Around that time, Jeffery came on board. During a summer internship in children’s book illustration, he created digital art to accompany my poems. We sold the package, but just before the book was about to hatch, the flight got cancelled.

Carole & Jeffery in 2000

I began to wonder if the book would ever leave the nest. I continued to
revise the manuscript and to add poems. Jeffery and I decided to scrap
the digital art in favor of scratchboard illustrations.

Armed with a
revised manuscript and sample drawings, we sold the package to Atheneum.

In the subsequent year, Jeffery completed the illustrations and I added
a few new poems.

In mid-April, Jeffery and I received our comp copies.

Our first book together finally has wings.

Fly, little book, fly!

Author & Illustrator Interview

Jeffery and I recently interviewed each other about You Can Fly.

Jeffery: Why did you want to write this book?

Carole: The Tuskegee Airmen’s saga moved me personally. It is powerful—historically, politically and emotionally. I thought the story begged for a poetic treatment.

Carole: You were a serious gamer growing up. Did gaming influence how you illustrated the battle scenes?

Jeffery: Yes, absolutely. I had lots of residual visual references from battles across galaxies. I played everything from Halo to Call of Duty.

Jeffery: When did you first notice my artistic talent?

Carole: Your kindergarten teacher prodded you to finish coloring and work up to potential. By third grade, I was concerned that you were doodling planes, cars, weapons and anime characters in your notebook rather than paying attention.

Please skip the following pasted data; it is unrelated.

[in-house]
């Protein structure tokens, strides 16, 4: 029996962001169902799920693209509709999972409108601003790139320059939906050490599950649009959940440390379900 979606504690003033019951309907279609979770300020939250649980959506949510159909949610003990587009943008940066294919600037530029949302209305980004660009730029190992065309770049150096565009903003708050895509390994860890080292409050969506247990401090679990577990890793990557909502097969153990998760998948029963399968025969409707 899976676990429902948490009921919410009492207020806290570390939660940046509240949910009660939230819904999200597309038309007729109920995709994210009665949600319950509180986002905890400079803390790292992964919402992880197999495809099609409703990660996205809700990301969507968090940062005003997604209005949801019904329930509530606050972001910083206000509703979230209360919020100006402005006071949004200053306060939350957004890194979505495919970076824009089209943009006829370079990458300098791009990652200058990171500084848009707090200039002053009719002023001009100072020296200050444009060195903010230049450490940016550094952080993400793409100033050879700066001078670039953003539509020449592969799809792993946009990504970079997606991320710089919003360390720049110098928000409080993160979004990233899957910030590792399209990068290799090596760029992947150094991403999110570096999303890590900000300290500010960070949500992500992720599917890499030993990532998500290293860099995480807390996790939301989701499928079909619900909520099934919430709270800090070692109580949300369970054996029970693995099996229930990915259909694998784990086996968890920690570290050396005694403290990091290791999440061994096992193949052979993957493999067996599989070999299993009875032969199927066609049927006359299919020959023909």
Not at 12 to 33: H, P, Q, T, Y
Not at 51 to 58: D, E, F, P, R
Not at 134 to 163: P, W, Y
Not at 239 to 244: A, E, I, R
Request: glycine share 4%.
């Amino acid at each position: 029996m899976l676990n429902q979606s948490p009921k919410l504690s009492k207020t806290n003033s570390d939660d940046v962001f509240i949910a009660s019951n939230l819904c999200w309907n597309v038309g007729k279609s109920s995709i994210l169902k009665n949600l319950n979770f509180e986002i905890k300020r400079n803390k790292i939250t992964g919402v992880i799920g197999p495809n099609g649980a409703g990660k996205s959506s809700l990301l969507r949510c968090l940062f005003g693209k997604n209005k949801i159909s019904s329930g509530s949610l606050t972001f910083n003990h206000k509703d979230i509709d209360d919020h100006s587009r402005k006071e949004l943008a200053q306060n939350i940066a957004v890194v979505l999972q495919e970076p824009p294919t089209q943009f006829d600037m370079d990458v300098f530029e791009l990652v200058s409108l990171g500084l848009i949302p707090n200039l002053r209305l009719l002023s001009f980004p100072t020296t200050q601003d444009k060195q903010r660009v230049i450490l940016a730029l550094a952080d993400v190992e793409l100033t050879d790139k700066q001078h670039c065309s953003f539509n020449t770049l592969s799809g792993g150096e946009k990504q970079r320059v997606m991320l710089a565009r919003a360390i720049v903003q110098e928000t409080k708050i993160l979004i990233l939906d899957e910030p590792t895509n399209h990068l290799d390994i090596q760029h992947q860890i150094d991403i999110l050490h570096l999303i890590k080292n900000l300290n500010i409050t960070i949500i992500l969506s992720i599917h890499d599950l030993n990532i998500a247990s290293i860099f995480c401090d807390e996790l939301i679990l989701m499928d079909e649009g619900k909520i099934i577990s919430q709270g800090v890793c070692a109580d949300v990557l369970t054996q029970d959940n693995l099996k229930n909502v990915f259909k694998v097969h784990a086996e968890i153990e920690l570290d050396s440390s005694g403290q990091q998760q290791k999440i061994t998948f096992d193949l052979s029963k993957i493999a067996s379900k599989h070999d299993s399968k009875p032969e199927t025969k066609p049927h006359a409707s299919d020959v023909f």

Around middle school, I realized that your drawings were good. I put you in studio art classes, starting with cartooning. By high school, you were taking private art lessons with the assistant principal who became a mentor.

Carole: What is your favorite illustration from the book?

Jeffery: My favorite is of the boxers Joe Louis and Max Schmeling. It’s a closeup scene from their historic rematch.

Jeffery: What’s yours?

Carole: The one where two planes on a mission have bombed an enemy aircraft. The explosion is so animated; like a comic book.

Jeffery: What is your favorite poem from the book?

Carole: It’s “Head to the Sky,” the first poem in the book and also the first that I wrote—early on when the project was envisioned as a picture book. “Head to the Sky” reflects the power of a dream fueled by self-determination.

Carole: Tell me about your first flight.

Jeffery: I had a window seat and was looking outside. As the plane sped down the runway, I said, “We’re blasting off!”

Carole: That was hilarious. Well, your career as a children’s book illustrator is off to a flying start. How did it feel when you first saw the printed book?

Jeffery: Like a child at Christmas.

From the promotional copy:



I WANT YOU! says the poster of Uncle Sam. But if you’re a young black man in 1940, he doesn’t want you in the cockpit of a war plane. Yet you are determined not to let that stop your dream of flying.



So when you hear of a civilian pilot training program at Tuskegee Institute, you leap at the chance. Soon you are learning engineering and mechanics, how to communicate in code, how to read a map. At last the day you’ve longed for is here: you are flying!



From training days in Alabama to combat on the front lines in Europe, this is the story of the Tuskegee Airmen, the groundbreaking African-American pilots of World War II.